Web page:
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This eBook from the Gutenberg Project consists of approximately 224 pages of information about Great Violinists And Pianists.

THE SCHUMANNS AND CHOPIN.

Robert Schumann’s Place as a National Composer.—­Peculiar Greatness as a Piano-forte Composer.—­Born at Zwickau in 1810.—­His Father’s Aversion to his Musical Studies.—­Becomes a Student of Jurisprudence in Leipzig.—­Makes the Acquaintance of Clara Wieck.—­Tedium of his Law Studies.—­Vacation Tour to Italy.—­Death of his Father, and Consent of his Mother to Schumann adopting the Profession of Music.—­Becomes Wieck’s Pupil.—­Injury to his Hand which prevents all Possibilities of his becoming a Great Performer.—­Devotes himself to Composition.—­The Child, Clara Wieck—­Remarkable Genius as a Player.—­Her Early Training.—­Paganini’s Delight in her Genius.—­Clara Wieck’s Concert Tours.—­Schumann falls deeply in Love with her, and Wieck’s Opposition.—­His Allusions to Clara in the “Neue Zeit-schrift.”—­Schumann at Vienna.—­His Compositions at first Unpopular, though played by Clara Wieck and Liszt.—­Schumann’s Labors as a Critic.—­He marries Clara in 1840.—­His Song Period inspired by his Wife.—­Tour to Russia, and Brilliant Reception given to the Artist Pair.—­The “Neue Zeitschrift” and its Mission.—­The Davidsbund.—­Peculiar Style of Schumann’s Writing.—­He moves to Dresden.—­Active Production in Orchestral Composition.—­Artistic Tour in Holland.—­He is seized with Brain Disease.—­Characteristics as a Man, as an Artist, and as a Philosopher.—­Mme. Schumann as her Husband’s Interpreter.—­Chopin a Colaborer with Schumann.—­Schumann on Chopin again.—­Chopin’s Nativity.—­Exclusively a Piano-forte Composer.—­His Genre as Pianist and Composer.—­Aversion to Concert-giving.—­Parisian Associations.—­New Style of Technique demanded by his Works.—­Unique Treatment of the Instrument.—­Characteristics of Chopin’s Compositions.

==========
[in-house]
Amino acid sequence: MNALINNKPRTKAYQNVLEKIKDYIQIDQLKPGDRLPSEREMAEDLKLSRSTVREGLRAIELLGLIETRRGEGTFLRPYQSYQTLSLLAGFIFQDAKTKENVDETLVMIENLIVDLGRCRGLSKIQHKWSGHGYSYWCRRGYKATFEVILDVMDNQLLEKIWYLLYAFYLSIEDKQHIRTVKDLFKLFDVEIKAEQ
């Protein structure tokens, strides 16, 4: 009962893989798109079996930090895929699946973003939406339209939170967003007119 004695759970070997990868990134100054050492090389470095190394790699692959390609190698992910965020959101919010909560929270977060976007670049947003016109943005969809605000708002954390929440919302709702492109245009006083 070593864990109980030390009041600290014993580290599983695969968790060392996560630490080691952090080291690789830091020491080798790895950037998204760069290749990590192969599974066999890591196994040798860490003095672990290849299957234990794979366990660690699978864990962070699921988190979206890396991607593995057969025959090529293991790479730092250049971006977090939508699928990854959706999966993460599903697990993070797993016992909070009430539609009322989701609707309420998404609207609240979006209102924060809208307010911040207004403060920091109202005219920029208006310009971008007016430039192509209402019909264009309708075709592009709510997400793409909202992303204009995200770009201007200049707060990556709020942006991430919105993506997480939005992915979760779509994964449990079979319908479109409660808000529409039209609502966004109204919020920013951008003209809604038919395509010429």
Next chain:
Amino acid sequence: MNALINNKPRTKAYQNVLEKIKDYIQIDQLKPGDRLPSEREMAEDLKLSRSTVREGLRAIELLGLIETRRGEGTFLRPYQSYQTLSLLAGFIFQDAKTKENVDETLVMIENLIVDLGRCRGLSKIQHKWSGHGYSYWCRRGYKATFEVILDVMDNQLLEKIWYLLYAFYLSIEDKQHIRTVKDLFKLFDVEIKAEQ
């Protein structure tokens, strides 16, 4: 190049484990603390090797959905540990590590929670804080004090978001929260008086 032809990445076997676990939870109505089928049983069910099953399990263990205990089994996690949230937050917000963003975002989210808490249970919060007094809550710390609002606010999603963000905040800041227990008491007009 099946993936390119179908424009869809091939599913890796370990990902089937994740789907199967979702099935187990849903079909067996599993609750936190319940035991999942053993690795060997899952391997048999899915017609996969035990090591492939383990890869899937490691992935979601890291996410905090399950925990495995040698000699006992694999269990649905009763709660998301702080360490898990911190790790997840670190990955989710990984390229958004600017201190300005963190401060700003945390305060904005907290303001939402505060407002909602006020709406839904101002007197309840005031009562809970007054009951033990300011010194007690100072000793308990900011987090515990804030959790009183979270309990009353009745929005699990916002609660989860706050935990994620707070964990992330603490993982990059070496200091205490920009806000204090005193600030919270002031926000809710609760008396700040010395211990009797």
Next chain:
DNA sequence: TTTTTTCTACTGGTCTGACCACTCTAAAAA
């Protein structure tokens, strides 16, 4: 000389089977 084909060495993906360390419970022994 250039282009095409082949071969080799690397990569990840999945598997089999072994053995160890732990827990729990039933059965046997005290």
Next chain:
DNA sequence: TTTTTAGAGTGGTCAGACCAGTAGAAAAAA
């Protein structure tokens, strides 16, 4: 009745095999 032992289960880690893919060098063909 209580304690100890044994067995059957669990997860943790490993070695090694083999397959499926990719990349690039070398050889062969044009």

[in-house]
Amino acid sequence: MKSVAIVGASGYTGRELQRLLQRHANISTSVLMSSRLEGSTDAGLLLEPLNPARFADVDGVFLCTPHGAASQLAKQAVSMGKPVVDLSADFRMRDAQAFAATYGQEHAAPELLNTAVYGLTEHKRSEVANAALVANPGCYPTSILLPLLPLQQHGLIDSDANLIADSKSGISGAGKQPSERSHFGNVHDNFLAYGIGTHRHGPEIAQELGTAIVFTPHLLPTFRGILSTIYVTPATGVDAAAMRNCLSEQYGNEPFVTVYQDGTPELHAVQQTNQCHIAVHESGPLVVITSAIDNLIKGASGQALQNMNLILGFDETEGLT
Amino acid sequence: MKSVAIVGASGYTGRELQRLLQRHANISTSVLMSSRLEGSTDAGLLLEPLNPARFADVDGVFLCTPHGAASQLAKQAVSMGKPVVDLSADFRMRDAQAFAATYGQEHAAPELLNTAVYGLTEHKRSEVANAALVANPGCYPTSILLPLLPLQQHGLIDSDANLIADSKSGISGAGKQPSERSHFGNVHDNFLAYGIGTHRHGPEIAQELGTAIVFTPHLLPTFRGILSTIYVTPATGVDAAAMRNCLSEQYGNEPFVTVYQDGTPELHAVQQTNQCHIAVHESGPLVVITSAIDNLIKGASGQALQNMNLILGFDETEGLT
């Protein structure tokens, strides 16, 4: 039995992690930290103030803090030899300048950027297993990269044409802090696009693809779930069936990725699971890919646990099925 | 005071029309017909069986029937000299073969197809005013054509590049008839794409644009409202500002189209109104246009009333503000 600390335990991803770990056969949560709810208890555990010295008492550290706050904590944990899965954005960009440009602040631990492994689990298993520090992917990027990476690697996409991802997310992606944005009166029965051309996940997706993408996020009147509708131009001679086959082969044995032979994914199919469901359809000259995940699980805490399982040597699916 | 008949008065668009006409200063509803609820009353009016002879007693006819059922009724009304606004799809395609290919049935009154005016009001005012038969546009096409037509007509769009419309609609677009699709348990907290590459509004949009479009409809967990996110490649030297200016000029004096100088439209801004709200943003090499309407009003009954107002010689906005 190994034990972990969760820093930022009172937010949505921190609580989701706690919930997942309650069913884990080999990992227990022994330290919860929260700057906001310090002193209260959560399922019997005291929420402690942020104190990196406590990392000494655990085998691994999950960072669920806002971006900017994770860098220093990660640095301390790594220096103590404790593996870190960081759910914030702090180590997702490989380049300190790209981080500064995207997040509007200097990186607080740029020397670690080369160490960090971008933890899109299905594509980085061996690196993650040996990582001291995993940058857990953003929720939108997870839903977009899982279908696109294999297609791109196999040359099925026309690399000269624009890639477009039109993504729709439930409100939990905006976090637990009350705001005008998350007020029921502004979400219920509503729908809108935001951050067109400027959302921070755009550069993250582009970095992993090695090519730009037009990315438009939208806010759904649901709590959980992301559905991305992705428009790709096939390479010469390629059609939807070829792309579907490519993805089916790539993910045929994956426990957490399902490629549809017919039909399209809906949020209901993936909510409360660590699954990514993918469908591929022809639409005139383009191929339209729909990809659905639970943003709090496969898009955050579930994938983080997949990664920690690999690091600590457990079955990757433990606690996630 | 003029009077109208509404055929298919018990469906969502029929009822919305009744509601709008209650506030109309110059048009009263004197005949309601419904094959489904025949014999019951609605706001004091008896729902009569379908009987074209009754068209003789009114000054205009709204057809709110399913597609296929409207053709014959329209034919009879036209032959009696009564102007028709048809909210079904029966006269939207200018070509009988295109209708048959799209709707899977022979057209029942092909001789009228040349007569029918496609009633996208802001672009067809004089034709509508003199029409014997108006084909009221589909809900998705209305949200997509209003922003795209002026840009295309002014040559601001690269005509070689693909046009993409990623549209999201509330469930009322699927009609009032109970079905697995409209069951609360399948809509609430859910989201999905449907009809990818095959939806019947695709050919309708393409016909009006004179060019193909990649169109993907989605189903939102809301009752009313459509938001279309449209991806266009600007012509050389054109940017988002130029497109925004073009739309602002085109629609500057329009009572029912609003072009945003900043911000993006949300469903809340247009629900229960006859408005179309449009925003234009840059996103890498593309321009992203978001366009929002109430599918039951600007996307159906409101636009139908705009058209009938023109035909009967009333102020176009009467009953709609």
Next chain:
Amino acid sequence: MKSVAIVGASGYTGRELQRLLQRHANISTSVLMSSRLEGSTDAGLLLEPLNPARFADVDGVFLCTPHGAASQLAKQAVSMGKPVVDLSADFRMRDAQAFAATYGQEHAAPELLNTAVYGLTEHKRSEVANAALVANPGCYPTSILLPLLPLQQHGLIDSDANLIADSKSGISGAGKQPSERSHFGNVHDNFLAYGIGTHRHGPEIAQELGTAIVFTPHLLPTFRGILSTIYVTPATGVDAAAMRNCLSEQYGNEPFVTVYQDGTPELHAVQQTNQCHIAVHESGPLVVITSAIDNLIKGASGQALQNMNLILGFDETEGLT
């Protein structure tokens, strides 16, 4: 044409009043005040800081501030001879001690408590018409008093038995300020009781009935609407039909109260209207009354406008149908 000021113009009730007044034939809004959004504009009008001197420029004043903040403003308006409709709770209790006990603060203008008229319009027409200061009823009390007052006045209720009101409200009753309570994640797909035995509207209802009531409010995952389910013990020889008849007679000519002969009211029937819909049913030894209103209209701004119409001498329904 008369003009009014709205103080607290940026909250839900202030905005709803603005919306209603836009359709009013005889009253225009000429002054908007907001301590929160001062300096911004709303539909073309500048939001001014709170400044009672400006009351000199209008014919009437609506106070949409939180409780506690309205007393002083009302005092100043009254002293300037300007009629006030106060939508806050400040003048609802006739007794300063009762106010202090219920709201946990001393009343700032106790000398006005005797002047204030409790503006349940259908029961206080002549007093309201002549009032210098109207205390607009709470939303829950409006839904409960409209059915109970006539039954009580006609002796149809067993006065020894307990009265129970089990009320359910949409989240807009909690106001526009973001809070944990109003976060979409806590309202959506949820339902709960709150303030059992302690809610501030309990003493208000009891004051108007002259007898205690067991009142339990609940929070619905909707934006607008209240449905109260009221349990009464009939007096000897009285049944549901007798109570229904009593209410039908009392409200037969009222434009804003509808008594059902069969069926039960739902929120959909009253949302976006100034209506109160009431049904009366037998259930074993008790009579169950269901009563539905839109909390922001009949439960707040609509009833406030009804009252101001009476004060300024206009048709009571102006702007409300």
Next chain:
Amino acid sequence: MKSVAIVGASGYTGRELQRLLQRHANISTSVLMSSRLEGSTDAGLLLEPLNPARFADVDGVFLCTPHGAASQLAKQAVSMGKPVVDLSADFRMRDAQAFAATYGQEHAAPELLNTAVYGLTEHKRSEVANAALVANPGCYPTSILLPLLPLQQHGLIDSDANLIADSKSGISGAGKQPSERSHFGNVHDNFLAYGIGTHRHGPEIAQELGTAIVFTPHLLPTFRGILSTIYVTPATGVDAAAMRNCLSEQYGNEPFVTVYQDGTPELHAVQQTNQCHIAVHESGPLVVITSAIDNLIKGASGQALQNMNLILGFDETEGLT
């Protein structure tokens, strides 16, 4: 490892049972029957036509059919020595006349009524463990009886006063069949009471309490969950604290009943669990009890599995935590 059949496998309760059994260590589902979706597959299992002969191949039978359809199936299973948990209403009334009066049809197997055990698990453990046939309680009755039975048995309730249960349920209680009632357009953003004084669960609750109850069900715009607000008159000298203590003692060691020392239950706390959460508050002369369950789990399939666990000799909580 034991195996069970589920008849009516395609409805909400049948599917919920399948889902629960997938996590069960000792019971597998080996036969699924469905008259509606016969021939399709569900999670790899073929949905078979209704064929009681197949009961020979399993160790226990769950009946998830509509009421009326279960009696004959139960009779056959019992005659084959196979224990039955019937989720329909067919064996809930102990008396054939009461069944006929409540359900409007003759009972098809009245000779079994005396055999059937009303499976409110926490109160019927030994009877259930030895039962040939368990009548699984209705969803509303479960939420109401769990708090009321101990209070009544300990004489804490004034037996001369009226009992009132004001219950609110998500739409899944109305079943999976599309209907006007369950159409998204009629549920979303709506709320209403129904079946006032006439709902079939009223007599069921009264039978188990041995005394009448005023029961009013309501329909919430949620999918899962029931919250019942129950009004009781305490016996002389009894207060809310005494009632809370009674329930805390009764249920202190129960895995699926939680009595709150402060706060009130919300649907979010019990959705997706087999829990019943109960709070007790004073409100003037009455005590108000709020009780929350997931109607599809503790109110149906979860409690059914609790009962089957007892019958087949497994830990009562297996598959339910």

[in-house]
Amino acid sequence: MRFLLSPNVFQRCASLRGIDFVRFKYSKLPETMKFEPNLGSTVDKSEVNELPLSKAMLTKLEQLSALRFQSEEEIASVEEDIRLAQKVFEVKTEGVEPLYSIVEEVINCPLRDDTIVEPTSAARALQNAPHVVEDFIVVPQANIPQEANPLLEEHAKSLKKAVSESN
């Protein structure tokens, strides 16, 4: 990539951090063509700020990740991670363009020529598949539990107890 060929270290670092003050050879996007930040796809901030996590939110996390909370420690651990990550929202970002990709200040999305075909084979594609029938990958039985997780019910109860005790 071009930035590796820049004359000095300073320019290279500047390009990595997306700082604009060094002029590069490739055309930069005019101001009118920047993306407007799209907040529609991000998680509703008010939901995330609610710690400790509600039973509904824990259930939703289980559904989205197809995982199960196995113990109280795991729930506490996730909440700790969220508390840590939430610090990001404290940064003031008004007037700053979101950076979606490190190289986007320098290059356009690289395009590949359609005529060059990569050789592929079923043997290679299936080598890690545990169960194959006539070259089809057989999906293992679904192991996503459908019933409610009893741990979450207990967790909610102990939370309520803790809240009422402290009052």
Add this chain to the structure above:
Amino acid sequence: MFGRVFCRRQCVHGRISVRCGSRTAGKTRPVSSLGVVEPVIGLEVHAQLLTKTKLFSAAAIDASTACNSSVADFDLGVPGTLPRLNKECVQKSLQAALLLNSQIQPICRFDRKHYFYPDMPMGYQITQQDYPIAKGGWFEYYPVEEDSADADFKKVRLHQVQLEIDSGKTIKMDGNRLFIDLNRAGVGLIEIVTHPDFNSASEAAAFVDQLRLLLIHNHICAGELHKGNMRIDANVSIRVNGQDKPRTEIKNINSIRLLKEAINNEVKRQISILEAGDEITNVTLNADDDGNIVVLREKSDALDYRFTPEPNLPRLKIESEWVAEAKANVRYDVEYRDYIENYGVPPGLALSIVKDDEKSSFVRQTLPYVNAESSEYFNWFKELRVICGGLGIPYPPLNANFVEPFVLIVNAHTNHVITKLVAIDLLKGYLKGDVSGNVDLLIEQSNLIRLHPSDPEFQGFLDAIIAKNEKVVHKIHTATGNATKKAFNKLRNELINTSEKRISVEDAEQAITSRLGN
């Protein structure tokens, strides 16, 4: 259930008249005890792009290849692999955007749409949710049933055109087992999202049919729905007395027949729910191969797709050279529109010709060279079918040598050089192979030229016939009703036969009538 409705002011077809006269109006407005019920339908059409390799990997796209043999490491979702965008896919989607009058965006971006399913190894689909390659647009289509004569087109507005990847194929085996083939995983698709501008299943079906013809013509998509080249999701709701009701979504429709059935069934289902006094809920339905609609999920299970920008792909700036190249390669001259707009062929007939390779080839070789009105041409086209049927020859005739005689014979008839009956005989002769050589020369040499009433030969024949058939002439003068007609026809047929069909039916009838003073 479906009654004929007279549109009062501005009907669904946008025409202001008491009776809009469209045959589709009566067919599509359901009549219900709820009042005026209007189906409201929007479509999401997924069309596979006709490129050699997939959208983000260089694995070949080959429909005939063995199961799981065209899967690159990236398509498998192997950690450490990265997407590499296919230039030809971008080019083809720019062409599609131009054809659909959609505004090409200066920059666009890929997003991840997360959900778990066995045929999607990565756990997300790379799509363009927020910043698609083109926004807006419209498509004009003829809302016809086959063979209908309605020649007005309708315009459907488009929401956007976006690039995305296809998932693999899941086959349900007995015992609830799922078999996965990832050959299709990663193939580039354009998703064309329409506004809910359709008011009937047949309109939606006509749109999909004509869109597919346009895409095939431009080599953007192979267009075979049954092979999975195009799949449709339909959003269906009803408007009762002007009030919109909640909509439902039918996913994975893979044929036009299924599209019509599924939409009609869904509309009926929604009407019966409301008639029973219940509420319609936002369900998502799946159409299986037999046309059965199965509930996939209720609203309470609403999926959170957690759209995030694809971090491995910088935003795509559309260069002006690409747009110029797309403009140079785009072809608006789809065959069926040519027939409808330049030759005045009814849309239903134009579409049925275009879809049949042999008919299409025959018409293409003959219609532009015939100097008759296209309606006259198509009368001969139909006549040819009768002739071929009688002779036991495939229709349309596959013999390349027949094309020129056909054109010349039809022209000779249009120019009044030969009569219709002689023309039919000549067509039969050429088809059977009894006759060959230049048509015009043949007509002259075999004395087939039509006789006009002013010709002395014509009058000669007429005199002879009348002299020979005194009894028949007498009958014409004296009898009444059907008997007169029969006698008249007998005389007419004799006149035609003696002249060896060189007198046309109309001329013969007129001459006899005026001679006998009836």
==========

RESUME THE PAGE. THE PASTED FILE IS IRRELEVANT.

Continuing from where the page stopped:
THALBERG AND GOTTSCHALK.

Thalberg one of the Greatest of Executants.—­Rather a Man of Remarkable Talents than of Genius.—­Moseheles’s Description of him.—­The Illegitimate Son of an Austrian Prince.—­Early Introduction to Musical Society in London and Vienna.—­Beginning of his Career as a Virtuoso.—­The Brilliancy of his Career.—­Is appointed Court Pianist to the Emperor of Austria.—­His Marriage.—­Visits to America.—­Thalberg’s Artistic Idiosyncrasy.—­Robert Schumann on his Playing.—­His Appearance and Manner.—­Characterization by George William Curtis.—­Thalberg’s Style and Worth as an Artist.—­His Piano-forte Method, and Place as a Composer for the Piano.—­Gottschalk’s Birth and Early Years.—­He is sent to Paris for Instruction.—­Successful Debut and Publie Concerts in Paris and Tour through the French Cities.—­Friendship with Berlioz.—­Concert Tour to Spain.—­Romantic Experiences.—­Berlioz on Gottschalk.—­Reception of Gottschalk in America.—­Criticism of his Style.—­Remarkable Success of his Concerts.—­His Visit to the West Indies, Mexico, and Central America.—­Protracted Absence.—­Gottschalk on Life in the Tropics.—­Return to the United States.—­Three Brilliant Musical Years.—­Departure for South America.—­Triumphant Procession through the Spanish-American Cities.—­Death at Rio Janeiro.—­Notes on Gottschalk as Man and Artist.

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